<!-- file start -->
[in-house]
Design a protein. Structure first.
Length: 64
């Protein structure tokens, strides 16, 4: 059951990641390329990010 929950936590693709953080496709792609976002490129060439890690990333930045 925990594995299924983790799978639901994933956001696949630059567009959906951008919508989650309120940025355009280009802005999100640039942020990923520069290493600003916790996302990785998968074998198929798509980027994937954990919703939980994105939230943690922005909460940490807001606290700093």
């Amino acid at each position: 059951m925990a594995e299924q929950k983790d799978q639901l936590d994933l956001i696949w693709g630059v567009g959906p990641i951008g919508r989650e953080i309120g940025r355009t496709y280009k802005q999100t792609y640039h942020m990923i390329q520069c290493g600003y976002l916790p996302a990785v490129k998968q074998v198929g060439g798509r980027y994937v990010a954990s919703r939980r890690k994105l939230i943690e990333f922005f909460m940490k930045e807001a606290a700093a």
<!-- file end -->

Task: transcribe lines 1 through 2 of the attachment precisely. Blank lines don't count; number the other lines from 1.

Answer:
[in-house]
Design a protein. Structure first.